edge vs chrome
Some observations regarding edge vs chrome. Not a complete investigation, some aspects not mentioned may have been outside the scope of inquiry.
The topic of browser effect on battery life is a popular one. Microsoft made a big fuss about edge being better, then maybe chrome fixed some things, and some people ran some other tests and observed different results. The problem seems to be that we have data from bizarre fake tests and anecdotes from real users, and the two differ in results.
On the sites I like to spend most of my time reading, there’s no difference. I get maybe ten hours time with this browser, I get maybe ten hours time with that browser. But it’s not hard to find pages where I can measure a difference.
Conveniently, Microsoft themselves provide a nice test page. Consider this blog post about Edge UI responsiveness. Scrolling down until there’s a few gifs on the screen results in increased power consumption by both browsers, but in differing amounts. According to HWMonitor, I see about 1W when idle. When displaying the linked page, edge uses about 2W. When using chrome, that climbs closer to 3W.
One might suppose Microsoft booby trapped the page to cripple chrome, but the gifs in question are hosted by gfycat. And are actually mp4 videos in an iframe. I haven’t verified everything is bit for bit identical, but doesn’t seem to be any foul play. Though it’s possibly worth considering that if chrome is the browser of choice for developers, they might start using the newest whizbang shiny feature for chrome, but take a more conservative (low power) approach for other browsers. The more code you let someone run on your computer, the more code they’re going to run.
It’s difficult to get a super precise reading because the CPU is bouncing around between speeds quite rapidly, but it’s something to work with and we can cross check results. A 45 WHr battery with a load of 5W (1W CPU + 4W screen etc.) gives 9 hours run time. Increase the load to 6W and that’s closer to 8 hours. Increase the load to 7W and that’s 7 hours. Which roughly seems to match reality. I see nine or ten hours browsing very light sites. Other people using edge on heavier sites only see eight hours, and chrome users only get seven hours. The work that went into timer coalescing and whatever else in edge still seems to give an advantage, though this depends on how inefficient and poorly designed the site itself is.
Battery life is as much a function of site selection as browser selection. Leaving a tab open to the Bloomberg home page with its scrolling news ticker is going to eat a lot of power regardless of browser. Edge may be better at wasting less power, but closing the tab will provide substantially better results.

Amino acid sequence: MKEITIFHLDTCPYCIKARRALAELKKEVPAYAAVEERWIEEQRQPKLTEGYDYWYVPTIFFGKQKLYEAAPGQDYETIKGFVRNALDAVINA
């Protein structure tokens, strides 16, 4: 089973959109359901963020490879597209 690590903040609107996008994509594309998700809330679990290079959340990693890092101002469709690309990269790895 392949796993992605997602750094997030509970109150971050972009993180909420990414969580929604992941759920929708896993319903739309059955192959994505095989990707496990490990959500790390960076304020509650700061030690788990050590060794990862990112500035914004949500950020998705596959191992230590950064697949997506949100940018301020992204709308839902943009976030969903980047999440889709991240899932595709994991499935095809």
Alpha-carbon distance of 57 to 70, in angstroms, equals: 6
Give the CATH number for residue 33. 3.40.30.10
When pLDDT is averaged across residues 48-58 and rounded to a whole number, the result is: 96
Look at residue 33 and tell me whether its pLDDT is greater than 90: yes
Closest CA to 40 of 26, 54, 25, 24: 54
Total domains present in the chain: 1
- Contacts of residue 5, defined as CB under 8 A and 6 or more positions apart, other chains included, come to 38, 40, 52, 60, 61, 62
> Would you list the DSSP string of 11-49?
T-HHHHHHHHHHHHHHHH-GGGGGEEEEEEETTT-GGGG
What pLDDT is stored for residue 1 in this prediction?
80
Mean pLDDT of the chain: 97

Since I’m conducting this experiment on my Surface, I’m using it in tablet mode a lot. Chrome is still pretty rough in this department. A short list of things that edge does better.
Edge supports double tap to zoom. I want a small skinny column of text to fill the window, I double tap it, just like on my phone. Works great. Chrome can’t do this, forcing me to pinch and zoom by hand. It’s a small thing overall, but it’s a pretty big part of expected tablet behavior. Not sure if the iPhone invented this trick, but it’s been ten years.
The onscreen keyboard provides suggestions in edge, but not chrome. I guess you need to provide some hint back to the system that input is focused on a text input? Makes writing longer comments much more convenient instead of trying to get every letter correct.
Speaking of, sometimes chrome misinterprets inputs. I hit ctrl-L to jump to the location bar, and that happens, but then it overwrites the text with the letter l. Occurred repeatedly, even being very careful to only tap the key once. Didn’t happen in edge, switch back to chrome, still happens. Underlying cause unknown.
Chrome does this thing where every link has a hit box that’s bigger than the link. So if you tap near a link, it activates the link. What happens when two links are close to each other? The one hit box covers the other, and it becomes impossible, not difficult, impossible to tap the second link. This is not annoying. It’s appalling.
General weirdness in chrome. Strange things happen, like what you might see if an invisible extra finger were on the screen. Drags turn into pinches, selections are randomly unselected, etc. I don’t see anything like this in other apps, so I don’t suspect the screen. It seems chrome specific. Restarting chrome often helps.
Edge has a nice dark theme. I prefer white on black text at night. There’s like 99 extensions that do something similar for chrome, but it’s nice that it’s included, and none of the chrome extensions seem able to darken the location bar.
Edge includes a reader mode, again without an extension, but alas it’s somewhat broken. Lots of articles are truncated before the end, which is less than great. Also on medium, unless you scroll all the way to the end before hitting reader mode, it won’t have any images because they’re lazy loaded. Blame medium for that I guess, but definitely limits the utility of the feature.
In chrome, zoom settings are per site, which makes a lot of sense. Different sites scale differently. Edge seems to only have a global setting, which requires more constant adjustment.
PDF viewers are a very personal choice, but if we’re going to use a browser, I’d say edge wins easily. It scrolls without lag and feels very smooth. When reading a paper like this one on CFI, it reacts as if there were a real sheet of paper under the glass. Chrome is kinda janky, and responded to a pinch to zoom with some horrific oscillating flashing behavior. (Damnable invisible finger!) On a reload, it behaved better, but always with some lag. Something weird going on there.
The uBlock Origin logger UI seems broken in edge. Alas. Maybe a one time bug? I think it works now.
Also something to consider.